Adherence to long-term pharmacological treatment for chronic conditions is often less than optimal. Till date, a limited number of population-based studies have assessed adherence to adjuvant hormonal therapy in breast cancer, a therapy with proven benefits in terms of reductions of recurrence and mortality. We aimed to examine rates of adherence and early discontinuation in Sweden where prescribed medications are subsidized for all residents and made available at reduced out-of-pocket costs. Individual-level data were obtained from Regional Clinical Quality Breast Cancer Registers, the Swedish Prescribed Drug Register, and several other population-based registers. Multivariate logistic regression was used to analyze factors associated with adherence to prescribed medication for a period of 3 years. Between January 1 and December 31, 2005, 1,741 patients in central Sweden were identified with estrogen receptor positive breast cancer, and at least one prescription dispensation of either tamoxifen or an aromatase inhibitor. Of these women, 1,193 (69%) were fully adherent to therapy for 3 years (medication possession ratio of 80% or higher and a maximum of 180 days between refills). During the 3-year follow-up, 215 women (12%) had prematurely discontinued therapy. Adherence was positively associated with younger age, large tumor size, being married, and being born in the Nordic countries, while no clear association was observed with education or income. During the 3 years of follow-up, 31% of women were non-adherent to therapy. Further efforts must be undertaken to promote adherence over the entire recommended treatment period.

  • 55.
    Zhou, Wenjing
    et al.
    Uppsala University, Disciplinary Domain of Medicine and Pharmacy, Faculty of Medicine, Department of Surgical Sciences.
    Jirström, Karin
    Amini, Rose-Marie
    Uppsala University, Disciplinary Domain of Medicine and Pharmacy, Faculty of Medicine, Department of Immunology, Genetics and Pathology, Molecular and Morphological Pathology.
    Fjällskog, Marie-Louise
    Uppsala University, Disciplinary Domain of Medicine and Pharmacy, Faculty of Medicine, Department of Radiology, Oncology and Radiation Science, Oncology.
    Sollie, Thomas
    Lindman, Henrik
    Uppsala University, Disciplinary Domain of Medicine and Pharmacy, Faculty of Medicine, Department of Radiology, Oncology and Radiation Science, Oncology.
    Sørlie, Therese
    Blomqvist, Carl
    Wärnberg, Fredrik
    Uppsala University, Disciplinary Domain of Medicine and Pharmacy, Faculty of Medicine, Department of Surgical Sciences, Endocrine Surgery.
    Molecular subtypes in ductal carcinoma in situ of the breast and their relation to prognosis: a population-based cohort study2013In: BMC Cancer, ISSN 1471-2407, E-ISSN 1471-2407, Vol. 13, p. 512-Article in journal (Refereed)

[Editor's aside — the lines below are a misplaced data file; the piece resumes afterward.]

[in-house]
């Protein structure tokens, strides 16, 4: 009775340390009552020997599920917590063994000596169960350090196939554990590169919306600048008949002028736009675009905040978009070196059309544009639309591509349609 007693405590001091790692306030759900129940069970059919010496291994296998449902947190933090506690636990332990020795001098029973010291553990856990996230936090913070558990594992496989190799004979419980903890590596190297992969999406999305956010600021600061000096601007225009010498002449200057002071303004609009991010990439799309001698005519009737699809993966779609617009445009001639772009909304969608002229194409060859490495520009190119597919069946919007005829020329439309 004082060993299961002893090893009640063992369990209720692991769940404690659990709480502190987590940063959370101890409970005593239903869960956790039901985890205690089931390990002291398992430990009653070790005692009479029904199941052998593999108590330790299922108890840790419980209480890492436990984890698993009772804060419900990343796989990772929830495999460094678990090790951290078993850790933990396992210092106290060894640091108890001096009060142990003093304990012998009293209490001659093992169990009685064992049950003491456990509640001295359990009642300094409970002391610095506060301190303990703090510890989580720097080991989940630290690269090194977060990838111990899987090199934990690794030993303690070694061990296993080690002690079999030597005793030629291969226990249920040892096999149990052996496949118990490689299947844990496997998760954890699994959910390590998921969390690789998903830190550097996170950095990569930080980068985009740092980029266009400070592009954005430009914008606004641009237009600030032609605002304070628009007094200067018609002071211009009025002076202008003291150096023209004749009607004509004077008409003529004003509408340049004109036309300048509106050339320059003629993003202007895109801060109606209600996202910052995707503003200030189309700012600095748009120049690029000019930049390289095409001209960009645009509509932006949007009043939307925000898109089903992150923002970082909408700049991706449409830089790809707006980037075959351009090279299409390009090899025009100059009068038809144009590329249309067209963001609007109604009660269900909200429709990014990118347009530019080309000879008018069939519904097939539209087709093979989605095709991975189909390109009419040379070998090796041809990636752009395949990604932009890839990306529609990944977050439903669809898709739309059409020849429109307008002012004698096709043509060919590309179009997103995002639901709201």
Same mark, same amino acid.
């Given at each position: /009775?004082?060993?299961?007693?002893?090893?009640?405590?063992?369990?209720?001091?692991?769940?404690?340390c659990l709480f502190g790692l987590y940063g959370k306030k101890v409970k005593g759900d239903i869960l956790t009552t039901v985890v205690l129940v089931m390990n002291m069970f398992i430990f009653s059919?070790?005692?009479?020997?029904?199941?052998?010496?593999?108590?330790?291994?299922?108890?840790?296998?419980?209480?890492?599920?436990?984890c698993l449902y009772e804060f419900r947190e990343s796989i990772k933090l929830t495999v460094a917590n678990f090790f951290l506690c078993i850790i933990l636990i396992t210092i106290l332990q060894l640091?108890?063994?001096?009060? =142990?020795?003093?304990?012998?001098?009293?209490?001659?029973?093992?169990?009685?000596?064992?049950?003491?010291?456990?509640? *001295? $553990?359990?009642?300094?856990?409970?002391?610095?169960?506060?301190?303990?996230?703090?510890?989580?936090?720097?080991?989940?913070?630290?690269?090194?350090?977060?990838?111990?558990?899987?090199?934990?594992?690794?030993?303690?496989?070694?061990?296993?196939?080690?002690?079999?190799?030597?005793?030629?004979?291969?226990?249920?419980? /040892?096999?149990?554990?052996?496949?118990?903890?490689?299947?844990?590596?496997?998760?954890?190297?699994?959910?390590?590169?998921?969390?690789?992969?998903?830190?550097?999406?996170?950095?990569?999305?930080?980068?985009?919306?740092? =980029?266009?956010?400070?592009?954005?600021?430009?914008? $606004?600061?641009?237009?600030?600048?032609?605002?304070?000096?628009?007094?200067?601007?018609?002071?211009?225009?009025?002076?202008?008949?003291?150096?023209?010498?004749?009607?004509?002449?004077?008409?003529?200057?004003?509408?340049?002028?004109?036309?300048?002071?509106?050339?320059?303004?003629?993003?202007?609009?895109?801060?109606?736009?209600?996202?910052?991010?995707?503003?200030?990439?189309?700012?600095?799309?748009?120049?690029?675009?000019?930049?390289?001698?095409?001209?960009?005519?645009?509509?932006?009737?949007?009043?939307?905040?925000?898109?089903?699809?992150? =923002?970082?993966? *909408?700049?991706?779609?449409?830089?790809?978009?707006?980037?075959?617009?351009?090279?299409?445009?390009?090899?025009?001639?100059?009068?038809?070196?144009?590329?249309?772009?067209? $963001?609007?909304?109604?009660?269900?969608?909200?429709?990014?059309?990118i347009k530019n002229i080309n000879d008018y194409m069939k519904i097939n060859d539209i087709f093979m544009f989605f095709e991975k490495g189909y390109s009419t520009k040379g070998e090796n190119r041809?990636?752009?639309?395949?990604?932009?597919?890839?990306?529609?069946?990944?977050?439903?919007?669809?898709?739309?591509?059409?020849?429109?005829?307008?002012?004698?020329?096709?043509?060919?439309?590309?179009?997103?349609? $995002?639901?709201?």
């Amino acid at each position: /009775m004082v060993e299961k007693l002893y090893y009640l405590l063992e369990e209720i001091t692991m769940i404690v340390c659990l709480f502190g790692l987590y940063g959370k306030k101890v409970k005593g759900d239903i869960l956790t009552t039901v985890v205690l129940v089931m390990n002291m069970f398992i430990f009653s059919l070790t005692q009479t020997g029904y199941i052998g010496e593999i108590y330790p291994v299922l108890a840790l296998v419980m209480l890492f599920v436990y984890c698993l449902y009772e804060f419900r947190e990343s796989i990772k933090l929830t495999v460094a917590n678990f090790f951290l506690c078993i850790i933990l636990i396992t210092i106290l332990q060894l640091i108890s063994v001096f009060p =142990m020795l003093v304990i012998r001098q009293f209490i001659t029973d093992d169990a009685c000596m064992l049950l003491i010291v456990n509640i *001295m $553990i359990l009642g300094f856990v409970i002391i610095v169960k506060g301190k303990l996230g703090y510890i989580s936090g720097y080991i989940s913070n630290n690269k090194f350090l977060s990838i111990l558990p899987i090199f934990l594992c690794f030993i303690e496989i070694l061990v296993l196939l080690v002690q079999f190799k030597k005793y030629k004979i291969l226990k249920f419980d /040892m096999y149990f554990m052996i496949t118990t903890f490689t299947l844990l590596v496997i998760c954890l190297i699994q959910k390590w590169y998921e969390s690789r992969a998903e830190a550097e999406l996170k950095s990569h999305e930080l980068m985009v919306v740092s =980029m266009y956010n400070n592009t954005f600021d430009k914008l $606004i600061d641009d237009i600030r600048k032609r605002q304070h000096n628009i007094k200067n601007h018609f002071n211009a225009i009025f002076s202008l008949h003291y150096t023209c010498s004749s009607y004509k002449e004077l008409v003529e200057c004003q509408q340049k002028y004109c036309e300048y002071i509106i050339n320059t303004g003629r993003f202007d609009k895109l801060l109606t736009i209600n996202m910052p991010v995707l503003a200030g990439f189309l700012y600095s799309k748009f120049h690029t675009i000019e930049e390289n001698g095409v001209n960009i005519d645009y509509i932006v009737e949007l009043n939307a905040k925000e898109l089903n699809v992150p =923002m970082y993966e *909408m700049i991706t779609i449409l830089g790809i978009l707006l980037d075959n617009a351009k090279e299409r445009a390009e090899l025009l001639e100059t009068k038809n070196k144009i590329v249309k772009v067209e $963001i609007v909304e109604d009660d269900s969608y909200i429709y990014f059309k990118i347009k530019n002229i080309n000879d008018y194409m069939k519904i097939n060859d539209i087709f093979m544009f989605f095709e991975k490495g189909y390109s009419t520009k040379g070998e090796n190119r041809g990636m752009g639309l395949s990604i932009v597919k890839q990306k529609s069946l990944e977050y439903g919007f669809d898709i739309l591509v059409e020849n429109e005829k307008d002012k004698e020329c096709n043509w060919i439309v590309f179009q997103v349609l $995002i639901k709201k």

Abstract [en]

    BACKGROUND: Different molecular subtypes of breast cancer have been identified based on gene expression profiling. Treatment suggestions based on an approximation of these subtypes by immunohistochemical criteria have been published by the St Gallen international expert consensus panel. Ductal carcinoma in situ (DCIS) can be classified into the same molecular subtypes. Our aim was to study the relation between these newly defined subtypes and prognosis in DCIS.

    METHODS: TMA including 458 women from a population-based cohort with DCIS diagnosed 1986-2004 was used. Stainings for ER, PR, HER2 and Ki67 were used to classify the surrogate molecular subtypes according to the St Gallen criteria from 2011. The associations with prognosis were examined using Kaplan-Meier analyses and Cox proportional hazards regression models.

    RESULTS: Surrogate molecular subtyping could be done in 381 cases. Mean follow up was 164 months. Of the classified DCIS 186 were Luminal A (48.8%), 33 Luminal B/HER2- (8.7%), 74 Luminal B/HER2+ (17.4%), 61 HER2+/ER- (16.0%) and 27 Triple Negative (7.1%). One hundred and two women had a local recurrence of which 58 were invasive. Twenty-two women had generalised disease, 8 without a prior local recurrence. We could not find a prognostic significance of the molecular subtypes other than a higher risk of developing breast cancer after more than 10 years of follow-up among women with a Triple Negative DCIS (OR 3.2; 95% CI 1.1-9.8).

    CONCLUSIONS: The results from this large population-based cohort, with long-term follow up failed to demonstrate a prognostic value for the surrogate molecular subtyping of DCIS using the St Gallen criteria up to ten years after diagnosis. More than ten years after diagnosis Triple Negative DCIS had an elevated risk of recurrence.

12 51 - 55 of 55